Improving the use of medicines in community health centres, Timor-Leste


Higuchi, Michiyo ; (2008) Improving the use of medicines in community health centres, Timor-Leste. London School of Hygiene & Tropical Medicine. DOI: 10.17037/PUBS.01300445

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Abstract

While access to essential medicines has become recognised as a human right, problems concerning the inappropriate use of medicines have emerged. Medicines lose their therapeutic value and can impair both individual health and public health if inappropriately used. Inappropriate use of medicines diminishes the quality of healthcare and causes resources to be wasted, which is especially serious in under-resourced countries. To improve the use of medicines, the introduction of standard treatment guidelines (STGs) is suggested as a potential strategy. The aim of this DrPH thesis is to study the use of medicines, focusing on adherence to new STGs in Community Health Centers (CHCs) in Timor-Leste. The country is now trying to establish an equitable and sustainable healthcare system under extremely resource-limited conditions. The study used mixed research methods, collecting data from randomly selected 20 rural CHCs, 1,799 retrospective samples from patient registration books, 583 prospective observations, and 55 semi-structured interviews of health personnel were collected. Timor-Leste's medicine use was found, in general, to be acceptable. For example, use of injections was extremely low. Training, especially clinical nurse training, influenced knowledge of, attitudes to, and practical use of medicines and also prescribing adherence to STGs. Other factors that influenced the use of STGs were: health personnel's agreement with the policy concept and contents of STGs; health personnel's positive perception of the changes brought about by the introduction of STGs; development of STGs in a health policy framework: the fact that their STGs were easy to use repeatedly; and a supportive environment and systems to use STGs. Constant socialisation and timely updates of STGs are necessary. Interrelation and consistency across policies and programs should be maintained. The position of training within the health policy framework should be clearly understood by the all people concerned. Follow-up supervision is needed both for individuals and the CHC. Anticipated support should be well functioning.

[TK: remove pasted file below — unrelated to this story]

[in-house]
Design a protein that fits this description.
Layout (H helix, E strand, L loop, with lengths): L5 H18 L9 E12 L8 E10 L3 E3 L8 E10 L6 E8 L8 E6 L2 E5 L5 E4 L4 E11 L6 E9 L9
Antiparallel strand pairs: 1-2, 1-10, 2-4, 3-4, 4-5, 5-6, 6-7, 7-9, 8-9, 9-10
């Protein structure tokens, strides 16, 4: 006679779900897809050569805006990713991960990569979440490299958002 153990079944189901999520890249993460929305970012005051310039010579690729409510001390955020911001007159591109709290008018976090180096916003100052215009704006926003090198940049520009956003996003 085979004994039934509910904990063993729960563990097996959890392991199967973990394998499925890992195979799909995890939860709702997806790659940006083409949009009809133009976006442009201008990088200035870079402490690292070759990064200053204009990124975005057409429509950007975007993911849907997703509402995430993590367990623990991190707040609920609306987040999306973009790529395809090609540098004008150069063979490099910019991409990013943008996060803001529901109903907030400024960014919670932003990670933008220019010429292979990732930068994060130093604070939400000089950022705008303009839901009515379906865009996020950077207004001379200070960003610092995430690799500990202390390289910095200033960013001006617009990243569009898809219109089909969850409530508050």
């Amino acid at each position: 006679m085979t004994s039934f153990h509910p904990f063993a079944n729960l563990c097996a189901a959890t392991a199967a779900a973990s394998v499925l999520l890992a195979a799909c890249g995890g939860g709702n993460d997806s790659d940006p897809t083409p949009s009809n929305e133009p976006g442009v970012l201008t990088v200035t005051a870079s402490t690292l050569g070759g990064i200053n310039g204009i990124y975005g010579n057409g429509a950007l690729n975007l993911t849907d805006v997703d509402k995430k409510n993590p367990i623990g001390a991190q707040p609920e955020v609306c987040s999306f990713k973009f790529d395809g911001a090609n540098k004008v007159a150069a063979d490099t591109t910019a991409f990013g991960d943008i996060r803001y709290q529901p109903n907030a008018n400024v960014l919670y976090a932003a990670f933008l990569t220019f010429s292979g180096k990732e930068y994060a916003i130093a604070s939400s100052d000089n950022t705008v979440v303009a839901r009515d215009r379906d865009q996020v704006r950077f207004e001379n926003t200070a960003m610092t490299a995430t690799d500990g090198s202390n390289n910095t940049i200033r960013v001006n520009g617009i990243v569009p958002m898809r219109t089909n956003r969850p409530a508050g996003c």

Item Type: Thesis
Additional Information: uk.bl.ethos.497848
URI: http://researchonline.lshtm.ac.uk/id/eprint/1300445

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